by Jacqui de Lacy and Lavinia Tyrrel
The new international development framework presents a strategic choice for Australia: will it use its development program to ‘gain influence’, to counter the growing power of China? Or will it tackle deeper but more intractable drivers of regional conflict, economic stagnation and inequality?
The decision about where Australia comes down on this spectrum is critical. It will determine priorities, budget allocations and management approaches, as well as how Australia measures success.
1. Play the long game – address causes not symptoms
Our overarching message is simple: focus the majority of development on the long game. Refocus effort to address the underlying drivers of instability, inequality and poor growth in Southeast Asia and the Pacific, thereby shoring up Australia’s national interests in the region and its position as partner of choice for coming decades – not just months or years.
Responding only to proximate and immediate threats as they emerge (e.g. natural disasters, intra-state violence or fiscal crises) is important, but will not address the fundamental drivers that perpetuate conflict, economic stagnation and inequality.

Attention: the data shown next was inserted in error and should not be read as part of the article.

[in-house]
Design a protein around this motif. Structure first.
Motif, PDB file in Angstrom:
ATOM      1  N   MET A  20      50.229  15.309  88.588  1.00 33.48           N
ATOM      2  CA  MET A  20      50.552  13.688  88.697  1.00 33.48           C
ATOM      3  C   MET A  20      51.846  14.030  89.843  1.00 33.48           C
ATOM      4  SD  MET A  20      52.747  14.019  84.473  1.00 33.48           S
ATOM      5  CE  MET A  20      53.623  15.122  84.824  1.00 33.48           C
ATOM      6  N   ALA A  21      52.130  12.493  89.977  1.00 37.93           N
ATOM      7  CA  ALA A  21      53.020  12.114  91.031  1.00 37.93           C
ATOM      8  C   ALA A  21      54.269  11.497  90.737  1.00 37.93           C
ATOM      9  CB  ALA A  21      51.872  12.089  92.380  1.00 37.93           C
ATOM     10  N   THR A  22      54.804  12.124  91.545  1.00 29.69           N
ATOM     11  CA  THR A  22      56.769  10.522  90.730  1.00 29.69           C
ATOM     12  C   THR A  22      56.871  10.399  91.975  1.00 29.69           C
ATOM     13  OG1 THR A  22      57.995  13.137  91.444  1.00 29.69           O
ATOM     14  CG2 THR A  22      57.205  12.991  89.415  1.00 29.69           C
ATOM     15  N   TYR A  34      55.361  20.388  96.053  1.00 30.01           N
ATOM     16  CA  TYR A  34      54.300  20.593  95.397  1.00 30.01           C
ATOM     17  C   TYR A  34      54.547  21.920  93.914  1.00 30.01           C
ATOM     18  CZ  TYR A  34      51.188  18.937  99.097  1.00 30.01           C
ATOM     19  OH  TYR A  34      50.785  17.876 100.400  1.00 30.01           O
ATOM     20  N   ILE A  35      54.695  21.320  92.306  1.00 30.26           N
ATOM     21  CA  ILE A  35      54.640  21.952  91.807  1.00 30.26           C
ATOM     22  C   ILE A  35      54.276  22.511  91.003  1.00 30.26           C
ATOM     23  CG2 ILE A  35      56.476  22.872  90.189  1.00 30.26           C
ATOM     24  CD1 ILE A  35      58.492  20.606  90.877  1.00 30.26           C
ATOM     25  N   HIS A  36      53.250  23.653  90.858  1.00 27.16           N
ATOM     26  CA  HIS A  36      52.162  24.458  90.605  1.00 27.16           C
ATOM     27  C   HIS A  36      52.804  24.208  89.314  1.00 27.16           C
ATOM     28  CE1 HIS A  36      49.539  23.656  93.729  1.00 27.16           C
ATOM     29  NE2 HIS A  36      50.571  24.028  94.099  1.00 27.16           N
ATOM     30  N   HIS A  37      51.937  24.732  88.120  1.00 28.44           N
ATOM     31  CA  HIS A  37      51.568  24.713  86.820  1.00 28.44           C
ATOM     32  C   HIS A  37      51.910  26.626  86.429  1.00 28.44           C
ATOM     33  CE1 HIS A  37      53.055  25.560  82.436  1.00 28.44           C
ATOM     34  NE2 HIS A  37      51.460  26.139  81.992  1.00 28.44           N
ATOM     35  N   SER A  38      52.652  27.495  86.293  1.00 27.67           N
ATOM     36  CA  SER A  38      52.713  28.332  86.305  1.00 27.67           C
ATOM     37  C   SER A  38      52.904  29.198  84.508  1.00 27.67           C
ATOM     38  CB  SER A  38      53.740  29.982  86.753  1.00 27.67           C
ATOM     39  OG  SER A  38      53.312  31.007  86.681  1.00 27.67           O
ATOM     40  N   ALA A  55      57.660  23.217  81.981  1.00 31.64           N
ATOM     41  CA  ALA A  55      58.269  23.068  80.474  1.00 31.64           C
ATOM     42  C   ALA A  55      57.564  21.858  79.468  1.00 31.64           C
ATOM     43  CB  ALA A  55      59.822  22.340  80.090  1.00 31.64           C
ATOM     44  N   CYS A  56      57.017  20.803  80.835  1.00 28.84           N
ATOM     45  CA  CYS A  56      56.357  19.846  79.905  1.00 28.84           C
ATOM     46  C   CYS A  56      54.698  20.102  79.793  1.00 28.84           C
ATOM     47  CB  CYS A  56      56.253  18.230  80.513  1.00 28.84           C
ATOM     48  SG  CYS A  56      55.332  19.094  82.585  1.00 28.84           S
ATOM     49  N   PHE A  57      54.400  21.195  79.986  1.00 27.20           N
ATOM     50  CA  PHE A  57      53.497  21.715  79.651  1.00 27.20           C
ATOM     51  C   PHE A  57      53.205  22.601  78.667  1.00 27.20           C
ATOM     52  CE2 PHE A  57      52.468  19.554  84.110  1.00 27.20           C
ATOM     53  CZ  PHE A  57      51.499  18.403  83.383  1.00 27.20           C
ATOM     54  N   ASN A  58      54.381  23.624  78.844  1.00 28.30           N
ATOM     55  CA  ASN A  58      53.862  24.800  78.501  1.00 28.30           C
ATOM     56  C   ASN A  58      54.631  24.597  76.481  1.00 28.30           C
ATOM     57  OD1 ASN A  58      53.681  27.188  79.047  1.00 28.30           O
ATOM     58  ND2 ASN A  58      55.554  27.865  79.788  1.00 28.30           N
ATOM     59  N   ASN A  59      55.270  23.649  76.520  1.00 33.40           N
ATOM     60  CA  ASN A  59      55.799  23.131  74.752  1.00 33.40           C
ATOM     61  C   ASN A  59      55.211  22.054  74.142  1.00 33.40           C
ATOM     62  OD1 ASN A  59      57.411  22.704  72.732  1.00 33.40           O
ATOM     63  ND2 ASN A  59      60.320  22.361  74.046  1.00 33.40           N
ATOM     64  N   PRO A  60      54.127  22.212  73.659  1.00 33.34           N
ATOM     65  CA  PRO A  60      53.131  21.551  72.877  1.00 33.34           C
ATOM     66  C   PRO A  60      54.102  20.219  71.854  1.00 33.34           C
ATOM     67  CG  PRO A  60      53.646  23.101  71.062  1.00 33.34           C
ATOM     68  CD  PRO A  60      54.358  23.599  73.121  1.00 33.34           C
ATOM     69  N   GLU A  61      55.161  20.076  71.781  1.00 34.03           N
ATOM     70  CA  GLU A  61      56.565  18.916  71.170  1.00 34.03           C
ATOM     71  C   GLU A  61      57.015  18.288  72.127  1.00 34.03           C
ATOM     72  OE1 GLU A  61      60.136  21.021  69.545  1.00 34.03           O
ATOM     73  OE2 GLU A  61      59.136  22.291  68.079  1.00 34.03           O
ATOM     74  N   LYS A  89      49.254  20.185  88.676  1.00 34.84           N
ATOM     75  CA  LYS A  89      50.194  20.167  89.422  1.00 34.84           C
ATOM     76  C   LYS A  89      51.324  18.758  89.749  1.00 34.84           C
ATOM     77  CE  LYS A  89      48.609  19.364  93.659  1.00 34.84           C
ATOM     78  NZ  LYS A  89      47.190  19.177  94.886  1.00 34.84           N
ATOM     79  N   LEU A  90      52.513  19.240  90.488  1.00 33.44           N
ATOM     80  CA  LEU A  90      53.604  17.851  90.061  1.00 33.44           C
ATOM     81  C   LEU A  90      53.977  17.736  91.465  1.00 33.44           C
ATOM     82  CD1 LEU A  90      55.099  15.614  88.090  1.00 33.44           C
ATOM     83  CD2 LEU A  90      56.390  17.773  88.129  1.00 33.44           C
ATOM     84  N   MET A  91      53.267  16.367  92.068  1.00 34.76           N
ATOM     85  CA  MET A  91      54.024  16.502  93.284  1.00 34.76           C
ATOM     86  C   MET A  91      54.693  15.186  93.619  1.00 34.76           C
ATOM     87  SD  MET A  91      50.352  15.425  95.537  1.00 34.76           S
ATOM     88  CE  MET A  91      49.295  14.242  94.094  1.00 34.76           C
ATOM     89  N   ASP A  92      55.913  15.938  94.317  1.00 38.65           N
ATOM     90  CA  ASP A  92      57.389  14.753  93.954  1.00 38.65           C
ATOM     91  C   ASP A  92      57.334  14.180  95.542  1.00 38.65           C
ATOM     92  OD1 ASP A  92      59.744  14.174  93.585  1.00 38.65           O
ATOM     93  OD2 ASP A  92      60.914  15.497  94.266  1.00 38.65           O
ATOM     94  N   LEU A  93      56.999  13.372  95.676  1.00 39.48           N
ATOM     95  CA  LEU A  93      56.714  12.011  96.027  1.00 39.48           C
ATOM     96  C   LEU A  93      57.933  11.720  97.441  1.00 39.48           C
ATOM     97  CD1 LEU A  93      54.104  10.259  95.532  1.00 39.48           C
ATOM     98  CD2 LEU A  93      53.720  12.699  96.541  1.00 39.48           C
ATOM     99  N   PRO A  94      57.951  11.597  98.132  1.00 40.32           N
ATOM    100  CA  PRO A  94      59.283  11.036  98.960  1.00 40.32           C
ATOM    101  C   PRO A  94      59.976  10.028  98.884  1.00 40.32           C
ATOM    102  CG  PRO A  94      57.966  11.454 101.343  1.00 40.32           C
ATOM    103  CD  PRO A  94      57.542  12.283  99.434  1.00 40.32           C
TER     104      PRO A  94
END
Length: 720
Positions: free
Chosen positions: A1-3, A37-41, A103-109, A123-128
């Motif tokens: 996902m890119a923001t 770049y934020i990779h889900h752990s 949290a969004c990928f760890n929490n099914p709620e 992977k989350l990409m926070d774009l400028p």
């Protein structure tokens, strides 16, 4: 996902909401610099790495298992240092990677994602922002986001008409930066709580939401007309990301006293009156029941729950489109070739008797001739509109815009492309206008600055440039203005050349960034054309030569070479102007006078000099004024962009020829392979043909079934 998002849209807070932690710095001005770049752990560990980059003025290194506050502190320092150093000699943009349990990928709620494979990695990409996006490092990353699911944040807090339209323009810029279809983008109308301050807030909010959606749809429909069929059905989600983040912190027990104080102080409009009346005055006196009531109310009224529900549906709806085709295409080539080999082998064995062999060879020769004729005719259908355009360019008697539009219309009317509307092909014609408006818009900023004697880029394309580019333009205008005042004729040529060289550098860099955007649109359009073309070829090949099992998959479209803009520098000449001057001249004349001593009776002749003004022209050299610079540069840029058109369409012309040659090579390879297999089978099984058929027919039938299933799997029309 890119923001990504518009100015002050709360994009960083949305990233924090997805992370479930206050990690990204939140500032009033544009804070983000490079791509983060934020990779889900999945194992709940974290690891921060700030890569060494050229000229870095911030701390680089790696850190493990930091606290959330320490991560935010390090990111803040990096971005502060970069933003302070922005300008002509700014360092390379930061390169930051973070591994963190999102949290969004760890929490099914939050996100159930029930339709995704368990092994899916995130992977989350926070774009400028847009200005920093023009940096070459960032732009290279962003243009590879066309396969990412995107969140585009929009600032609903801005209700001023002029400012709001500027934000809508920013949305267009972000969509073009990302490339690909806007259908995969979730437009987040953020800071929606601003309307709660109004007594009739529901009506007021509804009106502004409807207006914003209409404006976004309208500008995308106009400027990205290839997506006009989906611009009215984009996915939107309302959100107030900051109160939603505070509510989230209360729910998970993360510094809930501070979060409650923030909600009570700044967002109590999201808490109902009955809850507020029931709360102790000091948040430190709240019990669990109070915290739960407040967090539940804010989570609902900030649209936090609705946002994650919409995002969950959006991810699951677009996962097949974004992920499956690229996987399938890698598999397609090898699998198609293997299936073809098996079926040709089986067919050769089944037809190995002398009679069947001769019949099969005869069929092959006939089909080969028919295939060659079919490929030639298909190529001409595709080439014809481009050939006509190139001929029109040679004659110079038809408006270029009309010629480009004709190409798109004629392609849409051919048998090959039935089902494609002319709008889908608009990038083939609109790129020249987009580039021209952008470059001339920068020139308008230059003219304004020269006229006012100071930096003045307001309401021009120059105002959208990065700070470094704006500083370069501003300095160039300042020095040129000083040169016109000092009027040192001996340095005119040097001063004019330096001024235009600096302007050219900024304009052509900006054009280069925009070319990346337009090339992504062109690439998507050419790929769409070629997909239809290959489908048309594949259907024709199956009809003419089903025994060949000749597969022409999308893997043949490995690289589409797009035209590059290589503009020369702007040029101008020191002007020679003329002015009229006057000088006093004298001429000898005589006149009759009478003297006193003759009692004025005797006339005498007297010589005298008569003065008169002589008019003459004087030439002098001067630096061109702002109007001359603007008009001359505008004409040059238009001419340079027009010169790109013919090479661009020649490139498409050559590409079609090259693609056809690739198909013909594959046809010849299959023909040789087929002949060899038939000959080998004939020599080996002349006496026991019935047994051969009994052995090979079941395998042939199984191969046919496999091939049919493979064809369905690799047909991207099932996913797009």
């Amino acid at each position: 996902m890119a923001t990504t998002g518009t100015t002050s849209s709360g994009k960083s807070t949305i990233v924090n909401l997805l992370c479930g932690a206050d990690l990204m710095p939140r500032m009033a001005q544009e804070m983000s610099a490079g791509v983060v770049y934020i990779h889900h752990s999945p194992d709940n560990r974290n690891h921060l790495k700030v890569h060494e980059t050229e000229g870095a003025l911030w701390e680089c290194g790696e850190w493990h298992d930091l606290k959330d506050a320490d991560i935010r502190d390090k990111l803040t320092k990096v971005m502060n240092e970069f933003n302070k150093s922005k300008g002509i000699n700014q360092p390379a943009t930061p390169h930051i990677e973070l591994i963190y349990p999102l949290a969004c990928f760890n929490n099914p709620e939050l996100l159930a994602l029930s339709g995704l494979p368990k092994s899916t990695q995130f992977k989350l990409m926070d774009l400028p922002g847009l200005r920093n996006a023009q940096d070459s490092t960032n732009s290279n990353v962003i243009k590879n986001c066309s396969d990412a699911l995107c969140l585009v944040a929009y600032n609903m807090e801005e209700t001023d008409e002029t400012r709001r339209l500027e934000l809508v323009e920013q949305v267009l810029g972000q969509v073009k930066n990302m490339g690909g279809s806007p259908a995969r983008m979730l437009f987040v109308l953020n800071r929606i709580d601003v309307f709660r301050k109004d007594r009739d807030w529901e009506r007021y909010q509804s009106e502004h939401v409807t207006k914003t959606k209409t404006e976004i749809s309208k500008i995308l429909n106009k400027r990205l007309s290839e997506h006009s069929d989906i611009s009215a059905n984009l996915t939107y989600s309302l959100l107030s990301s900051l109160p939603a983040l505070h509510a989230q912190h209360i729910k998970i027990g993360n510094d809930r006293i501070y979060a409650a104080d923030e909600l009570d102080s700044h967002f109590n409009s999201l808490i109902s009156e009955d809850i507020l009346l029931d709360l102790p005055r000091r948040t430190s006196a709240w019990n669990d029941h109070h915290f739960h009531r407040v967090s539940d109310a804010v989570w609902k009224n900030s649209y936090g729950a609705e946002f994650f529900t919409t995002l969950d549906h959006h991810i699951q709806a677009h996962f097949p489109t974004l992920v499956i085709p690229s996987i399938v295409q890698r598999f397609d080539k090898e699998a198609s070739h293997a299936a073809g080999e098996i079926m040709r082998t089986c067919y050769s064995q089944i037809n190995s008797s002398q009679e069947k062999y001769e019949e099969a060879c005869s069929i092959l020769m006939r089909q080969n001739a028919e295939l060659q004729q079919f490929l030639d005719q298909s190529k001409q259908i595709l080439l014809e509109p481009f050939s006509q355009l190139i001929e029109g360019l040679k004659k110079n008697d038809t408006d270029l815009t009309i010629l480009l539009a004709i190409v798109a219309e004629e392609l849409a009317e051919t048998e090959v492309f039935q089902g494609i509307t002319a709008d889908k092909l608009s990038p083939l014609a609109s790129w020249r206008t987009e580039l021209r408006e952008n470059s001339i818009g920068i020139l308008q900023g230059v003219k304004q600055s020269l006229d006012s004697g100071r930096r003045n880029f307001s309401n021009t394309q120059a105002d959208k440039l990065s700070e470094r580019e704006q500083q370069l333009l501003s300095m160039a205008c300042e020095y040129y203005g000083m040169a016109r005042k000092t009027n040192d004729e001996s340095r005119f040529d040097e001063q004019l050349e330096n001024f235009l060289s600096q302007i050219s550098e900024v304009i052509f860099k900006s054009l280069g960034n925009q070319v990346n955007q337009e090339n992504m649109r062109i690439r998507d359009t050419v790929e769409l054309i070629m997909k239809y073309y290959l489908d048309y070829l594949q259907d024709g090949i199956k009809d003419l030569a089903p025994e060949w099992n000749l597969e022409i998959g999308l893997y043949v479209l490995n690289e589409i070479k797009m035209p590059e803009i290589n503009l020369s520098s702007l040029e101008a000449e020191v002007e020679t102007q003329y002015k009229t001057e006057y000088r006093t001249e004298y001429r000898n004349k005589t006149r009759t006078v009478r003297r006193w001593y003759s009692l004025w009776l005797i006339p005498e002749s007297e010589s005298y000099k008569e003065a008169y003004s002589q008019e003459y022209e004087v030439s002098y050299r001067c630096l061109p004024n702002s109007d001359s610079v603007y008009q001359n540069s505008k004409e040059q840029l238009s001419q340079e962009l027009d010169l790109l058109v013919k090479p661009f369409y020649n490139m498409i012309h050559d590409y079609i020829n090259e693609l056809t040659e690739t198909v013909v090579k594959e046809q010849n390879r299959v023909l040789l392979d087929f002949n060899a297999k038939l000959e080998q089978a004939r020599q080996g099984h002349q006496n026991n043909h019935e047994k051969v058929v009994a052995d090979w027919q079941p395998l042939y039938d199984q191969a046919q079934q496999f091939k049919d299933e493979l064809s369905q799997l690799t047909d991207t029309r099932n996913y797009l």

2. Go for depth not breadth
The aid program is operating in a constrained budgetary environment. Choices must be made to invest in areas that will have the greatest return on Australia’s investment.
If Australia wishes to prioritise the core drivers of insecurity, instability, inequality and economic stagnation (our aid submission has more detail) – and secure its long-term interests in the Asia-Pacific – we recommend Australia focus on three key issues:
1. The inability of states to enforce rules and deliver core services: conflict is lower, and GDP is higher when states can legitimately enforce laws and regulation (and not just further narrow interests), extend authority over borders, and help ensure people are healthy, educated and employed.
2. Inequality of opportunity and income: communities, workplaces, countries and economies do better when women are given equal opportunities in all aspects of public and private life.
3. Environmental and transboundary threats: the impact of climate change, transnational crime and disease (e.g. coronavirus) are being borne unevenly by the Asia-Pacific region – and pose real threats to Australia’s interests. Strong prevention, preparedness and emergency warning and response systems can reduce the impact of these challenges.
This would translate into four sectoral areas for the aid program: health and education; gender and social equality; climate change and resilience to disasters/epidemics; and effective governance and leadership.
While there is much we have left off this list, that is the point of prioritisation. Likeminded development partners can be encouraged to ‘pick up the tab’ in sectors where Australia will not focus.
3. Change how we talk about our relationship with the region, especially the Pacific